What does it do?
A-11 Section 280 established government-wide practices to mature Federal entities' ability to manage customer experience and service delivery, including streamlining our approach to collecting customer feedback. As the Federal government’s core CX guidance, Section 280 promotes accountability and governance mechanisms to improve service design and quality by:
- Providing structure and consistency around how agencies/programs approach CX
- Ensuring Federal service providers are making progress in growing CX program maturity, service definition, and applying leading practices;
- Ensuring Federal service providers are receiving and acting upon customer feedback to drive performance improvement and service recovery;
- Ensuring transparency through informed consent and public reporting; and,
- Encouraging the application of human-centered design as foundational to achieving customer experience outcomes.
High Impact Service Providers (HISPs) were identified due to the scale and impact of their public-facing services, to raise the standard of experience across government. These designated entities must undertake the activities outlined in the guidance, including an annual enterprise-wide CX capacity assessment, focused improvement efforts for designated services, and collecting (and publicly reporting!) customer feedback collections.
HISPs are directed to:
- Designate two priority services for focused assessment and improvement;
- Conduct maturity self-assessments against leading practices and discuss this with OMB;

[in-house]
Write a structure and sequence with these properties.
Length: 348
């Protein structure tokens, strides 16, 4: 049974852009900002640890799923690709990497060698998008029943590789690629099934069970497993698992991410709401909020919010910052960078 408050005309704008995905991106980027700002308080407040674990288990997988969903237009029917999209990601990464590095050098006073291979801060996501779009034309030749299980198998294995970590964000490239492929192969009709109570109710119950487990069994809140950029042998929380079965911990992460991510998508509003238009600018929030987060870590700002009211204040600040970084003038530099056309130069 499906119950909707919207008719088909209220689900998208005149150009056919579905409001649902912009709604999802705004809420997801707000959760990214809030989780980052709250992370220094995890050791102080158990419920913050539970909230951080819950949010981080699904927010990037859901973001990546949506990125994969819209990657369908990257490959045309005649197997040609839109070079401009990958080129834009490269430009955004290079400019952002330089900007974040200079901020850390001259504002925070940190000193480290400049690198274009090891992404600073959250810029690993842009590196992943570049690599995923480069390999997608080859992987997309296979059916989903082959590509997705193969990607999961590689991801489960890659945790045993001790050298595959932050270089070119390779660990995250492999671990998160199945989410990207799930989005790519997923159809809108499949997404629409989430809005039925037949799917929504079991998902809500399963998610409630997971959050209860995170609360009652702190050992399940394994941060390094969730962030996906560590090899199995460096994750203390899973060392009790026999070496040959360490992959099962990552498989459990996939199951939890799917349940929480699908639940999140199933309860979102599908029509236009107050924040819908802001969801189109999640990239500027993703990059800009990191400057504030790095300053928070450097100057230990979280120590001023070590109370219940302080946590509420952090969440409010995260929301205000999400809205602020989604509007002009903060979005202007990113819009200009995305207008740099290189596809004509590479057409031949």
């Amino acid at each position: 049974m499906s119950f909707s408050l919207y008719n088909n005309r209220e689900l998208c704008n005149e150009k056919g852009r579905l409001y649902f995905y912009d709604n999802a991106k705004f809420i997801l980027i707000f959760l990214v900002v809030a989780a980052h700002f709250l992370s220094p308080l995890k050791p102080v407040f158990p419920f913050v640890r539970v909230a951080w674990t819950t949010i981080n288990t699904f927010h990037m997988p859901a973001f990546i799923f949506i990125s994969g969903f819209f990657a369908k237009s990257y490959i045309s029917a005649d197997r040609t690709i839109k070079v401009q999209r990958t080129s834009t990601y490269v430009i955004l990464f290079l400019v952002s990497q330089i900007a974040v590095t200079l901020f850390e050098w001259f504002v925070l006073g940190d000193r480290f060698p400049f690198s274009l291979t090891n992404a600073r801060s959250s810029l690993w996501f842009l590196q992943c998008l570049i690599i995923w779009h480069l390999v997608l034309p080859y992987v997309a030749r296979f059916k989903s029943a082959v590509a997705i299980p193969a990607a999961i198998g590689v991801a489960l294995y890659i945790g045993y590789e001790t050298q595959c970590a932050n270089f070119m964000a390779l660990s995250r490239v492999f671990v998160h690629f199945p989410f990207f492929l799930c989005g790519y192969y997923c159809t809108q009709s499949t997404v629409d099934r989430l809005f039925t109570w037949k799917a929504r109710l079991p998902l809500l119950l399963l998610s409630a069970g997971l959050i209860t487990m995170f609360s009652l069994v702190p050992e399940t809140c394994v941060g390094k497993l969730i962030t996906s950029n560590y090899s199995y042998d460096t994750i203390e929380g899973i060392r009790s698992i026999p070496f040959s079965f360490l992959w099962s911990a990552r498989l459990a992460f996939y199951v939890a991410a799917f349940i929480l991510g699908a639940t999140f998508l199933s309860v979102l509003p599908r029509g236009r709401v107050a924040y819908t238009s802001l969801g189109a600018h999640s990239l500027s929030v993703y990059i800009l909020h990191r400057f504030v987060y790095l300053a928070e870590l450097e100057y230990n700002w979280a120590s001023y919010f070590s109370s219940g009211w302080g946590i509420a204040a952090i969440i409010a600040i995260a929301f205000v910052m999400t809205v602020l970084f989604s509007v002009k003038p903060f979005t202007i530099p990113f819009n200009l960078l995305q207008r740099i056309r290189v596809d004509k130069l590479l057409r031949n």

- Collect customer feedback across government-wide measures in surveys and report quarterly through public facing dashboards; and,
- Produce CX action plans that are integrated into agency budget and strategy.
What is a High Impact Service Provider or a “HISP?”
High Impact Service Providers (HISPs) are Federal entities that provide (or fund) high impact customer-facing services; they are selected due to a large percentage of the American public served, a high value of annual transactions, or due to the outsized impact on the lives of those served.
What’s in it?
A-11 Section 280 provides a framework for a set of organizational routines and processes related to customer experience, including:
- How to identify services for improvement;
- Agency responsibilities for service delivery;
- How agencies should collect and different types of data; and,
- How to conduct customer research and navigate the Paperwork Reduction Act (PRA).
What’s new in A-11 Section 280?
The 2023 annual update included:
- Revised submission dates for required deliverables;
- Simplified structures for transaction surveys and data collection; and,
- New leading practices for effective management of customer experience, such as the use of web analytics.
What’s the purpose of collecting post-transaction feedback?
In many sectors, the service, even more so than the offering, determines the customer’s satisfaction and the reputation of the organization or brand. Federal Services are defined as the sum of the help provided--by an agency and its partners--throughout the process a customer goes through to obtain, receive, or make use of a public offering (or comply with a policy).
By collecting service transaction feedback, we are developing comparable, government-wide scores that enable cross-agency benchmarking (when relevant), identify those improvements and service elements that most effectively improve trust for different service types, and reduce burden on the public. To see how the VA has learned and improved service delivery by measuring trust, https://www.va.gov/initiatives/veteran-trust-in-va/.
What are the deadlines?
Details about the submission dates and how to manage customer experience can be found in Section 280.12.